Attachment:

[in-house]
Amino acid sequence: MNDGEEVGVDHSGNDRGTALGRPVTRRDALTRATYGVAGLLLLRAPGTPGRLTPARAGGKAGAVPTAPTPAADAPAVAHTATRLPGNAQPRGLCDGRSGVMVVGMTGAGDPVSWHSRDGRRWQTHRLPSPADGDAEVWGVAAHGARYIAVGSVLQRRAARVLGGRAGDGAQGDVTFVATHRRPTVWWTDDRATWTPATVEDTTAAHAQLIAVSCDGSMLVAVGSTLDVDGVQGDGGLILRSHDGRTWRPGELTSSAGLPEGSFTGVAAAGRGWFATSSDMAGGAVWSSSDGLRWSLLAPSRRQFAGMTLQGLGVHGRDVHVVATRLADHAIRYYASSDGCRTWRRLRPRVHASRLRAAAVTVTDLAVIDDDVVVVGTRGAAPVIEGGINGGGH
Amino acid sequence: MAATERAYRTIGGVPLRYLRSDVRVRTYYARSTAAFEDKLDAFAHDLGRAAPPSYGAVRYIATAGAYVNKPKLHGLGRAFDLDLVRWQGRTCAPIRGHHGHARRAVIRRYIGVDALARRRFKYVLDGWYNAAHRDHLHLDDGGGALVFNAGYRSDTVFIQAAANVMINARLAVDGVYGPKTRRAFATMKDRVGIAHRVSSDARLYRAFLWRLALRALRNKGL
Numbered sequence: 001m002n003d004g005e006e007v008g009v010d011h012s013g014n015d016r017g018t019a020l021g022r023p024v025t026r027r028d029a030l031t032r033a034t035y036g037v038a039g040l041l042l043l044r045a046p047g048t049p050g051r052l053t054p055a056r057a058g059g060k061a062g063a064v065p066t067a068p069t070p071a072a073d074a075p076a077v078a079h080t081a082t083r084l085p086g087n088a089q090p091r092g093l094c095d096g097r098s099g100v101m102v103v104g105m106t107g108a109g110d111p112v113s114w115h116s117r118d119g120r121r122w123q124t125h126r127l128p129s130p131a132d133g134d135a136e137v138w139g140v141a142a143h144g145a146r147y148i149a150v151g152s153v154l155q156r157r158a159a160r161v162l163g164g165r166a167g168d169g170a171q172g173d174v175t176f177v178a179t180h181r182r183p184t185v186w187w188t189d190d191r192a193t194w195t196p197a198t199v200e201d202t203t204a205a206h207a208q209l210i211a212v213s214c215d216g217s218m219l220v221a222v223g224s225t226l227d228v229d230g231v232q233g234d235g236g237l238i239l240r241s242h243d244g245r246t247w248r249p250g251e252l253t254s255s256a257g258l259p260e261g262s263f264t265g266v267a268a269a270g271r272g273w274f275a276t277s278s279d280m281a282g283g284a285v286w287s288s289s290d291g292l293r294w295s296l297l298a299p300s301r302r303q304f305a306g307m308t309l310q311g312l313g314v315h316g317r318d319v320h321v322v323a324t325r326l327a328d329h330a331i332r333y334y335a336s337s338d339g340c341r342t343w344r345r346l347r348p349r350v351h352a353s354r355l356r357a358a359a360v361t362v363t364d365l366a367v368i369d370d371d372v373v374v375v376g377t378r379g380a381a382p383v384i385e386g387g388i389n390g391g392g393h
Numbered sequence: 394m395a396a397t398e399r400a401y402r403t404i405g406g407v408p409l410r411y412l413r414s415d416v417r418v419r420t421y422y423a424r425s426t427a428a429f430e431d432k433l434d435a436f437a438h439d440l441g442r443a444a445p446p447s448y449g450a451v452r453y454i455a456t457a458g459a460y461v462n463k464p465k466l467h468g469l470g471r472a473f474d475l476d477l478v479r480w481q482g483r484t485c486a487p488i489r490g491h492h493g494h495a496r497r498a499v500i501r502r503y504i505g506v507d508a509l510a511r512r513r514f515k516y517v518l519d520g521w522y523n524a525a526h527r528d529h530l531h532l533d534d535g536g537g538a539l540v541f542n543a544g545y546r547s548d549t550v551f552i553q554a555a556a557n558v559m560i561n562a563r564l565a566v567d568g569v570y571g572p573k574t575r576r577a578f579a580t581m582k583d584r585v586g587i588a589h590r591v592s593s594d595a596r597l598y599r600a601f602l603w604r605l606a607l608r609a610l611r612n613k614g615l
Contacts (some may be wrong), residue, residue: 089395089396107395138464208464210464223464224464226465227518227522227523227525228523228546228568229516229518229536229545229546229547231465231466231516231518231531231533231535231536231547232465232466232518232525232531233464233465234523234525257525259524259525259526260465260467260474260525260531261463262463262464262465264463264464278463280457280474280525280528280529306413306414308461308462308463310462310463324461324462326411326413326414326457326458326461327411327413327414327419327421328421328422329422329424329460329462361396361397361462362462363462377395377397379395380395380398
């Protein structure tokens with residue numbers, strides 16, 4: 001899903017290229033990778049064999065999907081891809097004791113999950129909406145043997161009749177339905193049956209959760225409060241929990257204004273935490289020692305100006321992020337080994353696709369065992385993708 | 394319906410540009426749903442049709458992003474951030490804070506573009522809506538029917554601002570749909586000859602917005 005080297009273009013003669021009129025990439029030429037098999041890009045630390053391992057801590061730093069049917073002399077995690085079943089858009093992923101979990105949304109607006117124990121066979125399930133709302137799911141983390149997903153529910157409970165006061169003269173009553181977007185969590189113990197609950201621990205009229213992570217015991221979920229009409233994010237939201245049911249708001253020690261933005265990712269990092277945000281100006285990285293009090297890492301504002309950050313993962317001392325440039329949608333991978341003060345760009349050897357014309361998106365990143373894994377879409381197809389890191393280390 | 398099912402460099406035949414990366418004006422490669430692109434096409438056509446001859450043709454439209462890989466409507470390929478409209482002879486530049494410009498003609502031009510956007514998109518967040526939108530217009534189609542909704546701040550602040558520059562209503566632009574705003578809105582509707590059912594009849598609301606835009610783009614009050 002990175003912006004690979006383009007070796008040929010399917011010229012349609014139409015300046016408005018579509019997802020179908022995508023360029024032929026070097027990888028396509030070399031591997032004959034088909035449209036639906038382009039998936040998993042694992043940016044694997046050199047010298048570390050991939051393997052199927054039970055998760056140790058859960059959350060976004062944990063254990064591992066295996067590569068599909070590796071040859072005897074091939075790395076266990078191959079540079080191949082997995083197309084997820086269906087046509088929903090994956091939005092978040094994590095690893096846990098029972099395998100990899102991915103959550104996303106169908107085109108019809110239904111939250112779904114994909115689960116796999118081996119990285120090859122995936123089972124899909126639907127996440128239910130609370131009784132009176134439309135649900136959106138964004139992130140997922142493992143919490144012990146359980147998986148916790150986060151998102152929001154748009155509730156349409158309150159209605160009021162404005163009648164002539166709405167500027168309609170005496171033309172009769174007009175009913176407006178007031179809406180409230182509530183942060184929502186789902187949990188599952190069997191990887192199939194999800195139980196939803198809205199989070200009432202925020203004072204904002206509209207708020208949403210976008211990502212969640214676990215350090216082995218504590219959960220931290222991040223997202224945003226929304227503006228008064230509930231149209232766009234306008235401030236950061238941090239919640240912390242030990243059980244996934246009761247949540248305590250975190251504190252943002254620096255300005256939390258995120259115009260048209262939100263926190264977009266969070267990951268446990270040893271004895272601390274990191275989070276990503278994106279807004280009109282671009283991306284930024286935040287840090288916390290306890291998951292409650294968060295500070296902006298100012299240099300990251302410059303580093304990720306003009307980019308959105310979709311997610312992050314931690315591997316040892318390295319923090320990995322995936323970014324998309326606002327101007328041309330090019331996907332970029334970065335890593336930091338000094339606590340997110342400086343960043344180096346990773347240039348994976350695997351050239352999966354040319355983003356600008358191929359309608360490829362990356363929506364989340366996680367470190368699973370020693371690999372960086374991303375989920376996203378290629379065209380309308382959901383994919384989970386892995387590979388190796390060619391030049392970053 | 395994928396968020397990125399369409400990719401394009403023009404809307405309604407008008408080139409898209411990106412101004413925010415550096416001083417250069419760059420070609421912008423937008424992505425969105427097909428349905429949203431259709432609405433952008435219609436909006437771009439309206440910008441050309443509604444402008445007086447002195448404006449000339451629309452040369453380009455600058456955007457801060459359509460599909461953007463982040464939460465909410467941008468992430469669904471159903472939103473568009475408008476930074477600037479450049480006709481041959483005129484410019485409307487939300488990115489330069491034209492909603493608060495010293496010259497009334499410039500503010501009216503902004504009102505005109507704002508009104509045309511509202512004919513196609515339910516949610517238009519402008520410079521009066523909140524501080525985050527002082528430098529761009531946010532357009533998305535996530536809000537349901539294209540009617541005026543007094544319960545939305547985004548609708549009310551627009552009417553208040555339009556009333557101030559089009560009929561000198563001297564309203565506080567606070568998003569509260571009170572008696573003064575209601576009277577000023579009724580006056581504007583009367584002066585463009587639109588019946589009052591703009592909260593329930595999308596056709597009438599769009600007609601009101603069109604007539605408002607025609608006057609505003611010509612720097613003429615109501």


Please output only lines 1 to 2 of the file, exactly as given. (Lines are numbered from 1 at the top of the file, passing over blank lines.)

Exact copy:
[in-house]
Amino acid sequence: MNDGEEVGVDHSGNDRGTALGRPVTRRDALTRATYGVAGLLLLRAPGTPGRLTPARAGGKAGAVPTAPTPAADAPAVAHTATRLPGNAQPRGLCDGRSGVMVVGMTGAGDPVSWHSRDGRRWQTHRLPSPADGDAEVWGVAAHGARYIAVGSVLQRRAARVLGGRAGDGAQGDVTFVATHRRPTVWWTDDRATWTPATVEDTTAAHAQLIAVSCDGSMLVAVGSTLDVDGVQGDGGLILRSHDGRTWRPGELTSSAGLPEGSFTGVAAAGRGWFATSSDMAGGAVWSSSDGLRWSLLAPSRRQFAGMTLQGLGVHGRDVHVVATRLADHAIRYYASSDGCRTWRRLRPRVHASRLRAAAVTVTDLAVIDDDVVVVGTRGAAPVIEGGINGGGH